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Kulko v. Superior Court

Citation. Kulko v. Superior Court of Cal., 436 U.S. 84, 98 S. Ct. 1690, 56 L. Ed. 2d 132, 1978)
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Brief Fact Summary.

Appellee separated from appellant and moved to California. After their children joined her in California, appellee attempted to bring a divorce suit in California against appellant, who still resided in New York.

Synopsis of Rule of Law.

In order to establish personal jurisdiction a defendant must have certain minimum contacts with the forum State so as not to offend traditional notions of fair play and substantial justice.


Appellant Ezra Kulko married appellee Sharon Kulko Horn in 1959 during appellant’s three-day stopover in California en route from a military base in Texas to a tour of duty in Korea. At the time both parties were domiciled in and residents of New York. Appellee immediately returned to New York after the marriage, as did appellant after his tour of duty. The two lived in New York for 13 years and then separated. Appellant remained in New York with their children, while appellee moved to California. She briefly returned to sign a separation agreement providing the children would live in New York. Immediately afterward appellee flew to Haiti and procured a divorce incorporating the terms of the agreement. In 1973 appellant’s daughter told her father that she wanted to remain in California after her Christmas vacation. Appellant bought her a one-way ticket. In 1976 appellant’s other child called his mother and told her he wanted to live with her in California. She sent h
im a plane ticket unbeknownst to his father, and he flew to California and took up residence with his mother and sister. Less than a month later, appellee commenced this action against appellant in the California Superior Court seeking to establish the Haitian divorce decree as a California judgment; to modify the judgment to award her full custody of the children; and to increase appellant’s child-support obligations. Appellant appeared specially and moved to quash service of the summons on the ground that he was not a California resident and lacked sufficient minimum contacts with the State to warrant assertion of personal jurisdiction over him. The trial court summarily denied the motion to quash, and appellee sought review. The California Supreme Court sustained the lower court rulings.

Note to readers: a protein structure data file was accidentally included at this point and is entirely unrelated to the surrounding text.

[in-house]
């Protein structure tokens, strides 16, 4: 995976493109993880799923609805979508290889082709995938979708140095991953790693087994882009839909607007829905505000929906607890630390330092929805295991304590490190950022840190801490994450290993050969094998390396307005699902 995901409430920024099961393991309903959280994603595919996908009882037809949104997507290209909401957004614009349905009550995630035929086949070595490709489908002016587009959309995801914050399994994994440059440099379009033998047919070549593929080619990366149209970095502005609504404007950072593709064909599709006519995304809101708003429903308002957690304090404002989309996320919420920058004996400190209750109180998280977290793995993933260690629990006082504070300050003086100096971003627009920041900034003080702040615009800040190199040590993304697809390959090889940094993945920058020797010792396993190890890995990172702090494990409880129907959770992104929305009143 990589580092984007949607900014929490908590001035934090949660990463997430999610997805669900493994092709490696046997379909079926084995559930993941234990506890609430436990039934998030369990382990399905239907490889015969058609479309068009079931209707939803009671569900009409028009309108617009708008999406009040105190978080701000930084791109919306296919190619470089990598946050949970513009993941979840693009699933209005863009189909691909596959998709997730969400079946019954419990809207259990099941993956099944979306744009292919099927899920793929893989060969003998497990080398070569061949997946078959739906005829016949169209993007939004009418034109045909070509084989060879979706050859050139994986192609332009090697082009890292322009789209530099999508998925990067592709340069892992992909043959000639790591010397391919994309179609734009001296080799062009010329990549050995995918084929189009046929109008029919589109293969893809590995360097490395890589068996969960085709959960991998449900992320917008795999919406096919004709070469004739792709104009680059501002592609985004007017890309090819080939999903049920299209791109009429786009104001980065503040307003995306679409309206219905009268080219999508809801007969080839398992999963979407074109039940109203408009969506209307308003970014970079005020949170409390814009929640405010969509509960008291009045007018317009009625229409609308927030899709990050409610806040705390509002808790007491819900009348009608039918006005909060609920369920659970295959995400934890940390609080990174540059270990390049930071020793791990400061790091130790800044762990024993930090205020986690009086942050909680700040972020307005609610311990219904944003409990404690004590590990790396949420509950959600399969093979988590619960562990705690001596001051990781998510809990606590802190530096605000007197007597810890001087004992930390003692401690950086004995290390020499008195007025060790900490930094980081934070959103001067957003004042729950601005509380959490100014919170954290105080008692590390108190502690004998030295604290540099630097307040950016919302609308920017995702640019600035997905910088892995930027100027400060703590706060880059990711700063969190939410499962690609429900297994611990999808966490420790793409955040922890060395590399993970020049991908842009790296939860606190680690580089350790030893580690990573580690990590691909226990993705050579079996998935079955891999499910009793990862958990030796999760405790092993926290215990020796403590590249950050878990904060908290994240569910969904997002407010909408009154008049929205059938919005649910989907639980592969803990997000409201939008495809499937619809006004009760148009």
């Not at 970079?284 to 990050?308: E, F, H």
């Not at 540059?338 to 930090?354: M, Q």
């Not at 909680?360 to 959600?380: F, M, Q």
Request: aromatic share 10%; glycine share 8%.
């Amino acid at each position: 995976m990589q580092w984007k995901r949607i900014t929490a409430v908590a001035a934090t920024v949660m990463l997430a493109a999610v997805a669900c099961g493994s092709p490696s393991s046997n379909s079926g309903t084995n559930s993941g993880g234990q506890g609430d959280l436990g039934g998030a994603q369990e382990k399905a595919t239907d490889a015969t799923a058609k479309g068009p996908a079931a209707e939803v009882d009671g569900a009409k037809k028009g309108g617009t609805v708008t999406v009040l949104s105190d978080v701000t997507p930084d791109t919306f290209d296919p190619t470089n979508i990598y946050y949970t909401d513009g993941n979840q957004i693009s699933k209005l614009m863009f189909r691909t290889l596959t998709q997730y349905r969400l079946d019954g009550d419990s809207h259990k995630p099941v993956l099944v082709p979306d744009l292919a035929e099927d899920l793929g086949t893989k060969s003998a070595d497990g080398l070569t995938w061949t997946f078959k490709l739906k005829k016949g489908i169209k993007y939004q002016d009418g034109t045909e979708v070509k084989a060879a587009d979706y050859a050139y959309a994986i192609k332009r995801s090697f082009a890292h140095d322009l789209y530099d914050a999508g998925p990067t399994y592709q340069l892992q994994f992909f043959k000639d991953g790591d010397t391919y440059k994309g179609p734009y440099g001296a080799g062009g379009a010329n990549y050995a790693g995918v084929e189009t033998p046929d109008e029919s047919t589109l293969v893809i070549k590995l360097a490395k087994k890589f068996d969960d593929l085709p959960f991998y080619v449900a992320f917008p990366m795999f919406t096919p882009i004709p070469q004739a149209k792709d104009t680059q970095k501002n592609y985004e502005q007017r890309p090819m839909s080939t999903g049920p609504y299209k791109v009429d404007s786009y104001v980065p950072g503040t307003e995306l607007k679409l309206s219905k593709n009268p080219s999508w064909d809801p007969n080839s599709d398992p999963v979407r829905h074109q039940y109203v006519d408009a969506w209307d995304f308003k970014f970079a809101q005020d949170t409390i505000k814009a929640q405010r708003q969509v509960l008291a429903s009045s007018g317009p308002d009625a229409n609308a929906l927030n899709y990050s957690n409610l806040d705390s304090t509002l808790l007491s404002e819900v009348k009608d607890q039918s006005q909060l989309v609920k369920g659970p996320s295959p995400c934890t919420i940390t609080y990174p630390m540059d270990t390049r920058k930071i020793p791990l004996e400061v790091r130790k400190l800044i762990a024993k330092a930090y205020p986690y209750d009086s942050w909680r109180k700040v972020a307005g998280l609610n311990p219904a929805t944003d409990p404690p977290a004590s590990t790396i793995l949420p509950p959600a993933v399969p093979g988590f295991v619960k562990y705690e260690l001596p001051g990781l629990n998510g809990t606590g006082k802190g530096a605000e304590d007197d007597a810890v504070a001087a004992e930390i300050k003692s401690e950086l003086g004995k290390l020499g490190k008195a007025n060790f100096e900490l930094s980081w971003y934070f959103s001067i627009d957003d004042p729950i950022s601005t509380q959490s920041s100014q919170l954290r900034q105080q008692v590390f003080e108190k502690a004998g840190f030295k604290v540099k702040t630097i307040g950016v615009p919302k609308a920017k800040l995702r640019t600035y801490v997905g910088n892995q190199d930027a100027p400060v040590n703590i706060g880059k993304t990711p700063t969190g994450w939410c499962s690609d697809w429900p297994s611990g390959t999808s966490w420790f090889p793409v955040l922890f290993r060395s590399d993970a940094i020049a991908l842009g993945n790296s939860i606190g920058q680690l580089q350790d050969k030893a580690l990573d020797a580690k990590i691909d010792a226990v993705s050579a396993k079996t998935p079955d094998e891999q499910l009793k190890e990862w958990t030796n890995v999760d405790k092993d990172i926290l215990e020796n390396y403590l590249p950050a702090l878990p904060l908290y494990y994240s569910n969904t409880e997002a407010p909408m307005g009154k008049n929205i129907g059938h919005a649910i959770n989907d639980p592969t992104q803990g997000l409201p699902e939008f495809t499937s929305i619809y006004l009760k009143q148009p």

Did appellant have sufficient minimum contacts with California to allow California to assert personal jurisdiction over him in this matter?


Appellant’s act of permitting his daughter to spend more time in California did not amount to his purposefully availing himself of the benefits and protections of California’s laws so as to permit California to assert personal jurisdiction.
The California Supreme Court found that personal jurisdiction may be exercised when a nonresident defendant caused an effect in that State and jurisdiction over causes arising from that effect is reasonable. It found that appellant had purposefully availed himself of the protections and laws of California by sending his daughter to live there with her mother.

The Due Process Clause operates as a limitation on the jurisdiction of state courts over nonresident defendants. In order to exercise such jurisdiction certain minimum contacts must be established so as to not offend traditional notions of fair play and substantial justice.

In reaching its decision the Court did not rely on the appellant’s glancing presence in the State or his marriage there, nor could it have. It did not rely on the fact that at separation appellant ha agreed to allow his children to live in California 3 months per year because it would discourage parents from entering into reasonable visitation agreements and it could arbitrarily subject one parent to suit in any State the other parent chose to spend time while having custody.

The purposeful act of allowing his daughter to spend more time in California than required under the agreement is insufficient to show that he purposefully availed himself of the benefits and protections of its laws. California’s assertion of personal jurisdiction was unreasonable in that it involved an agreement entered into with virtually no connection to the forum State.

Basic considerations of fairness favor appellant’s State of domicile as the proper forum. It was the State of the marital domicile where his entire family resided prior to the separation. The single act of allowing his daughter to spend more time in California is not one that a reasonable parent would expect to result in the substantial financial burden and personal strain of litigation in a forum 3,000 miles away. Jurisdiction in such cases would impose an unreasonable burden on family relations.


The Court found that the single act of permitting his daughter to spend more time in California than required under a separation agreement was insufficient to establish the minimum contacts with California such that it would not offend traditional notions of fair play and substantial justice to assert personal jurisdiction over appellant.

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